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The PointBreak Trial: Boiling results down to four key point


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The PointBreak Trial: Boiling results down to four key points.

September 8th, 2012 - by Dr. Jack West


This year at the 2012 Chicago Multidisciplinary Symposium in Thoracic Oncology that’s just ending, one bit of new information was the presentation of the long-awaited PointBreak study. Specifically, the trial pitted Alimta (pemetrexed)-based first line and maintenance chemo against the well-established standard first line and maintenance therapy regimen. It randomized 939 first line advanced non-squamous NSCLC patients either 4 cycles of the “Patel regimen” of carboplatin/Alimta/Avastin (bevacizumab) followed by maintenance Alimta/Avastin (as studied in the early study, led by Dr. Jyoti Patel, that piloted the combination) or 4 cycles of the “Sandler regimen” from the ECOG 4599 trial that established the superior survival for this strategy over chemo alone, of carbo/Taxol (paclitaxel)/Avastin followed by maintenance Avastin.

The primary objective of the trial was to demonstrate significant superiority in terms of overall survival (OS) for the Patel regimen with Alimta compared with the Sandler regimen with Taxol. While the trial failed in that regard, it did provide what I would consider to be four valuable conclusions.

1) Patients did marginally better on the Patel regimen while they were receiving first line therapy. I don’t want to overstate it, because the differences are truly minimal, but as you can see from the curves below, the progression-free survival (PFS) is a little better for the Alimta-based regimen. Admittedly, however, with a median PFS difference of two weeks (6.0 vs. 5.6 months, hazard ratio 0.83) and really no difference in objective response rate (34% vs. 33%), I wouldn’t go so far as to call this a clinically significant difference.

2) Overall survival was completely overlapping between the two regimens. As shown in the figure below, the OS curves for the two arms travel together and just cross over each other multiple times. One may beat the other numerically at a single point in time, but the only trend is that they really travel together.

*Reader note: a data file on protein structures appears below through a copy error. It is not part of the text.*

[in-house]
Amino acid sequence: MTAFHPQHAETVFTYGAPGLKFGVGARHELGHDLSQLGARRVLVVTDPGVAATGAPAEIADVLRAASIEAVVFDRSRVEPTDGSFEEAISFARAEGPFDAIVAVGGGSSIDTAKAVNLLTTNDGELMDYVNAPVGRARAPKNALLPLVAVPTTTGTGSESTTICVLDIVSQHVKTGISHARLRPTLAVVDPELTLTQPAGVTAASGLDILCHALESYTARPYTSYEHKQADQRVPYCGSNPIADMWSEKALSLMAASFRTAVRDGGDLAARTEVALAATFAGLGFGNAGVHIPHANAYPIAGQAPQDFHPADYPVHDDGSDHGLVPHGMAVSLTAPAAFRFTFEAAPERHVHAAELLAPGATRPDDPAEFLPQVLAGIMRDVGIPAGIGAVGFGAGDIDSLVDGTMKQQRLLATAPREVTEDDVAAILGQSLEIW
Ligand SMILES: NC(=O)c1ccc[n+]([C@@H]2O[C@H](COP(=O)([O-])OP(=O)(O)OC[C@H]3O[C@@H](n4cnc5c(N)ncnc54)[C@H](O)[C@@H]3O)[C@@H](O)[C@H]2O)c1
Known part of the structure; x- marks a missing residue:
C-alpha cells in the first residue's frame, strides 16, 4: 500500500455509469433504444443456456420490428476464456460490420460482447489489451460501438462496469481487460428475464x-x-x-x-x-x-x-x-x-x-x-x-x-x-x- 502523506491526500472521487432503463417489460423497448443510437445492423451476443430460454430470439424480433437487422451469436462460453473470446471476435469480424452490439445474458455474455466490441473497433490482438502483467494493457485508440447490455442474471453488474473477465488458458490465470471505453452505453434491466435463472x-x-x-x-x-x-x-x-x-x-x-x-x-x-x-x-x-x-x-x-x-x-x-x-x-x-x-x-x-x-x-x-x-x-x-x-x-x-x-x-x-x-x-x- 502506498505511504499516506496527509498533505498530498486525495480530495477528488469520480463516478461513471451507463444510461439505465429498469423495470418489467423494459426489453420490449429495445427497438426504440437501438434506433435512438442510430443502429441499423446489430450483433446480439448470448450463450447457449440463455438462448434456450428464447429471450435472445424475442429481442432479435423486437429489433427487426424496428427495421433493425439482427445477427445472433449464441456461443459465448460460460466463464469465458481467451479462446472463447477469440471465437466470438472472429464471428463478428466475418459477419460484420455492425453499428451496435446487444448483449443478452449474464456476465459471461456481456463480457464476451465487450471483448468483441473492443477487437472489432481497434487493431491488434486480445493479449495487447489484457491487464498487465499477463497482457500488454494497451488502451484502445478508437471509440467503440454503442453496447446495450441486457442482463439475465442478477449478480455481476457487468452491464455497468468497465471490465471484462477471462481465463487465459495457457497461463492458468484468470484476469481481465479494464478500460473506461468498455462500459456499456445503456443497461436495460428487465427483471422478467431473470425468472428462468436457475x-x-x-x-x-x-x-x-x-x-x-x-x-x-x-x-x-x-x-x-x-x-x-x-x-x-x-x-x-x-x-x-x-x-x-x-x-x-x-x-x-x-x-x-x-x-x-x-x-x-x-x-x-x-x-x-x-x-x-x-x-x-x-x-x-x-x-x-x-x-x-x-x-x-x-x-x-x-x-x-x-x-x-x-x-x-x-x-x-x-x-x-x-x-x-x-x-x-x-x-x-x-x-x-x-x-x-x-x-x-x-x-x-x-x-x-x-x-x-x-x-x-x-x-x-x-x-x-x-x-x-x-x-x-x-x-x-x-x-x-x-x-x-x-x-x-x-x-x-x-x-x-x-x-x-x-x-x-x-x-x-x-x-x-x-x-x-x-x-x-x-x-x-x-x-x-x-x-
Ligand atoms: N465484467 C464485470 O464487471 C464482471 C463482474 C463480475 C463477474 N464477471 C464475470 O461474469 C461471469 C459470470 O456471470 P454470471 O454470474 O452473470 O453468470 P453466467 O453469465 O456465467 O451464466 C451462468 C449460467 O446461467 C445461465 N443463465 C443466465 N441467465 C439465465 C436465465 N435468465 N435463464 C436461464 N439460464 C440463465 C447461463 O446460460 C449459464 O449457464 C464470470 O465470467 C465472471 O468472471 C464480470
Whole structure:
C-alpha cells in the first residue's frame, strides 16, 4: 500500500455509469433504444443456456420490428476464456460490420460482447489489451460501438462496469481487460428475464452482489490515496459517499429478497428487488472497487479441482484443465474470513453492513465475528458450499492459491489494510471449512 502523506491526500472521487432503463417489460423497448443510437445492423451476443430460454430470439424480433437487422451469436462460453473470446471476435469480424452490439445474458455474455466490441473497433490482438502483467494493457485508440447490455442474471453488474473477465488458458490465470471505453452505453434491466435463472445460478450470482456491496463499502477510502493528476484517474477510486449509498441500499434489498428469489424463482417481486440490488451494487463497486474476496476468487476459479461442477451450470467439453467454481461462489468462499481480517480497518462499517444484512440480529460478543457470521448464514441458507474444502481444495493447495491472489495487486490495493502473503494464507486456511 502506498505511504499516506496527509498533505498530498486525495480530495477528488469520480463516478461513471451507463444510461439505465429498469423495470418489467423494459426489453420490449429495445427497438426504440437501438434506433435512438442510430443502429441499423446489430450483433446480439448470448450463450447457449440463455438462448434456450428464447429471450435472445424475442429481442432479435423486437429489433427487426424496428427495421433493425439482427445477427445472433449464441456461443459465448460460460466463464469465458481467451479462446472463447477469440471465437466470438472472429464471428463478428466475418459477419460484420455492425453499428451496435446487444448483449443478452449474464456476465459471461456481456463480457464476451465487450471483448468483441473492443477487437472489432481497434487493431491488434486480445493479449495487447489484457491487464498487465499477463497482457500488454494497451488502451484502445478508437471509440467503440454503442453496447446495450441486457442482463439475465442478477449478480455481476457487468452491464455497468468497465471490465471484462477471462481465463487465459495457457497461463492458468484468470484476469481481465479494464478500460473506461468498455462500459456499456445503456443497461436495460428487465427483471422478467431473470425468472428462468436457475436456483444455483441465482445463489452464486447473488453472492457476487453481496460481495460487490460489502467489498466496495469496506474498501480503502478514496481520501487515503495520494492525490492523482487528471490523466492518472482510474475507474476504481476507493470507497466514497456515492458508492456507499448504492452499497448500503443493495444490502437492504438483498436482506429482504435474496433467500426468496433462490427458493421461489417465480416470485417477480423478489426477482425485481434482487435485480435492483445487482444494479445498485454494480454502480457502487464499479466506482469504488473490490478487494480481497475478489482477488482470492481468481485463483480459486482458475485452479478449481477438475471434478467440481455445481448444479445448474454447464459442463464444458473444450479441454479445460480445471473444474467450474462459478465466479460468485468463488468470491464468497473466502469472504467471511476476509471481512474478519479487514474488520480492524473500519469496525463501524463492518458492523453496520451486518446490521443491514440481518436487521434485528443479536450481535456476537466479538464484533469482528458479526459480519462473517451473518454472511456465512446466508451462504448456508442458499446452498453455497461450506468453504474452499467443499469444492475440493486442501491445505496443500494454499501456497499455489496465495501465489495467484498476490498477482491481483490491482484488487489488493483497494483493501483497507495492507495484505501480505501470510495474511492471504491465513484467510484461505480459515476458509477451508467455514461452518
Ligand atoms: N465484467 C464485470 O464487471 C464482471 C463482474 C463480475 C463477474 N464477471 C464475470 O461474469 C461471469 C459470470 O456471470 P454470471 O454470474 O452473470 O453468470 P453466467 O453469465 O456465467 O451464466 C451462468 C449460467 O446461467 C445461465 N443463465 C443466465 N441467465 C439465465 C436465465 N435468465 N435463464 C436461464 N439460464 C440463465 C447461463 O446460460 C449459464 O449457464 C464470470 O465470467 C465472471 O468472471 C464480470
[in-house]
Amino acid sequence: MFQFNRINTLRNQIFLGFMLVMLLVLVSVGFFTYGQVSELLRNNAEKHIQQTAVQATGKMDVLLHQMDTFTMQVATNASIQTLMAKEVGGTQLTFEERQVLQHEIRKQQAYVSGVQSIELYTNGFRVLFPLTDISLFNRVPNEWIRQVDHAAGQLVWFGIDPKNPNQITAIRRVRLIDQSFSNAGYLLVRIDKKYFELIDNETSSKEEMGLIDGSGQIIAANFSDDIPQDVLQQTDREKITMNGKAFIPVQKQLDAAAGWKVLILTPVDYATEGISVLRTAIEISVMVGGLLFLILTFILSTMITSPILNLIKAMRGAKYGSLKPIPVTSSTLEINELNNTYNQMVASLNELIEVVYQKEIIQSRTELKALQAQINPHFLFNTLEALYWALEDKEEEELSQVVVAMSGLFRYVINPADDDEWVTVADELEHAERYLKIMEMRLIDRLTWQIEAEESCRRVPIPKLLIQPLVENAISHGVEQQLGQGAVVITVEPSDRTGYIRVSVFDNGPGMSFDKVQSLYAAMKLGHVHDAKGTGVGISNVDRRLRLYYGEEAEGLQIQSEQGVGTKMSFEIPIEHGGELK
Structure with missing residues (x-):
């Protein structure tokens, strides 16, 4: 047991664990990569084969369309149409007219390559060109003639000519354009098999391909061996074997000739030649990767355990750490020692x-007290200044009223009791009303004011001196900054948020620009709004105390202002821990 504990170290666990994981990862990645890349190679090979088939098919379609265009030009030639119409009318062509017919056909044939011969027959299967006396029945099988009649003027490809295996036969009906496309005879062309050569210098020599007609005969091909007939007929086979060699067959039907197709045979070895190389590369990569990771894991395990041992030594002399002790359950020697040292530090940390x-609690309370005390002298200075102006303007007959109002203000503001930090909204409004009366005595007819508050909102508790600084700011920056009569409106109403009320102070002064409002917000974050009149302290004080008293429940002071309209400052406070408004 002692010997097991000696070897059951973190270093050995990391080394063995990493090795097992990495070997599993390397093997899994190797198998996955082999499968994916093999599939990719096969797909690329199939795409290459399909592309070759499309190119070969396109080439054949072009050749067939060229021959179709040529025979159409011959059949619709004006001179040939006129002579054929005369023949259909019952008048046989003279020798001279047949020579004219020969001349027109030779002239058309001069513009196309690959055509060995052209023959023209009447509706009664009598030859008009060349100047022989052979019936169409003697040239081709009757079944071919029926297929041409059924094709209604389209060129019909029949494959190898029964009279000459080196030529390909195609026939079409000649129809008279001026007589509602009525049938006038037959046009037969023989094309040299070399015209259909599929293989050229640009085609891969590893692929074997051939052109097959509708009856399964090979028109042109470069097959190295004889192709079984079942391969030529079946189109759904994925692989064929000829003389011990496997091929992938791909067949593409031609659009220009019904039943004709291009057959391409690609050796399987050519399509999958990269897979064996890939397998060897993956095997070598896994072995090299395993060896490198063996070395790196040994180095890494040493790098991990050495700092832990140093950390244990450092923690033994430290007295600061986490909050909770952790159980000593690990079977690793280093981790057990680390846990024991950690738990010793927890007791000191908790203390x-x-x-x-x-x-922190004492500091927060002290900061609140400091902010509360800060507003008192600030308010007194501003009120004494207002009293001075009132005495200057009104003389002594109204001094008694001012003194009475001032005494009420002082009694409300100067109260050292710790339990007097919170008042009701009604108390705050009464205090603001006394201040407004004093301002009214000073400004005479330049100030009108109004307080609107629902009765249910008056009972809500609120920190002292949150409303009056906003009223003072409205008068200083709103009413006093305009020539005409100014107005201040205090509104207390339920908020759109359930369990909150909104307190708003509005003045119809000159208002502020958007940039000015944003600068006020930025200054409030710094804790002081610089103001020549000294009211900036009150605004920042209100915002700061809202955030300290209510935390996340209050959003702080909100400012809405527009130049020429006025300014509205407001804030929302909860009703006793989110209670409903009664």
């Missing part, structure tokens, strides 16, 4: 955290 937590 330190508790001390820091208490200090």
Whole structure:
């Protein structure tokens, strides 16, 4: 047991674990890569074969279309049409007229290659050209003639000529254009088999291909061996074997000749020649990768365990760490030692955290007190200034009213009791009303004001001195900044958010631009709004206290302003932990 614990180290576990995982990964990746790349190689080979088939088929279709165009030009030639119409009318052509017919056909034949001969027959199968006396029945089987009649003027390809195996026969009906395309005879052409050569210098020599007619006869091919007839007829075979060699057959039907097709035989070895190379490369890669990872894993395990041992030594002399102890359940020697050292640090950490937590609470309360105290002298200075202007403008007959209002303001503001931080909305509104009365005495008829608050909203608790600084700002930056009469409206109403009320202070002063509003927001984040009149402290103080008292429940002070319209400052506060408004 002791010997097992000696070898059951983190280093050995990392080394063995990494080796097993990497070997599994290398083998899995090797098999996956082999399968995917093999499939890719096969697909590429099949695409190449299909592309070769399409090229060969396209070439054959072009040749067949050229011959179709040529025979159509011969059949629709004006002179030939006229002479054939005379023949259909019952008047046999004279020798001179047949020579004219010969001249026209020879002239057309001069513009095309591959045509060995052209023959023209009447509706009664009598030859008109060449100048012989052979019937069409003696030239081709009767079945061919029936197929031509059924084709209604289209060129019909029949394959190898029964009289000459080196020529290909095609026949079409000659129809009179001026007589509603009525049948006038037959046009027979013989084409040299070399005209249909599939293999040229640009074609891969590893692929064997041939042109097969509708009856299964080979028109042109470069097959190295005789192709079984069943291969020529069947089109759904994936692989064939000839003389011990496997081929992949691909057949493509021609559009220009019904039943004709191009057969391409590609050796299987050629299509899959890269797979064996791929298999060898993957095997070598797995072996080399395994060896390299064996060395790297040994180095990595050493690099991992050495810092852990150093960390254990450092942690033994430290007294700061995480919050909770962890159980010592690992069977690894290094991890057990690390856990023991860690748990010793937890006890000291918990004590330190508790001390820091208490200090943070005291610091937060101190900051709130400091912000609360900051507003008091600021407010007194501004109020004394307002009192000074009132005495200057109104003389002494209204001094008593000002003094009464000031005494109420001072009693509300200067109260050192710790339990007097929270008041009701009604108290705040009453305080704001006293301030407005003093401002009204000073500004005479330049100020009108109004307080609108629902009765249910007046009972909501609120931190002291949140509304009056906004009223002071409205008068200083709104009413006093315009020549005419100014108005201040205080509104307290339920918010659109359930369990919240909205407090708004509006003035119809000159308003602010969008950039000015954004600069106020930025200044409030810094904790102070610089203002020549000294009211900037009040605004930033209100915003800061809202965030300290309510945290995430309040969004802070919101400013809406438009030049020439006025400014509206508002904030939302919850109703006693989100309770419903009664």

3) Despite the widely held perspective that the Alimta-based chemo combination is especially well-tolerated, the side effect profiles of the two regimens also didn’t demonstrate a clear winner. In my mind, even without showing a significant survival difference, I would say that the Alimta arm could have demonstrated some superiority for showing equivalent efficacy with notably lower side effects. That didn’t happen. As expected, there was more neuropathy and hair loss with Taxol, but the Alimta arm showed a little more of a drop in blood counts with Alimta. Overall, even the side effect profiles appeared more similar than different and failed to declare a “secondary winner”

4) You can make the argument that the Alimta/Avastin combination was superior to Avastin alone in the maintenance therapy component of the trial. In keeping with the results from the AVAPERL trial that revealed significantly superior PFS (and OS not reported out yet) for maintenance Alimta/Avastin vs. Avastin alone after first line cisplatin/Alimta/Avastin, both PFS and OS are longer (by 1.7 and 2.0 months, respectively) when restricting our review of results only to the 63% of patients who went on to maintenance therapy (the others dropping off because of progression, prohibitive side effects, or other complications), as shown in the figures below. This was a pre-specified question that the investigators wanted to address, though it wasn’t the main question of the trial. In real life, when we’re making recommendations about what treatment to start with, we can’t know which patients will do well through first line chemo and which ones won’t.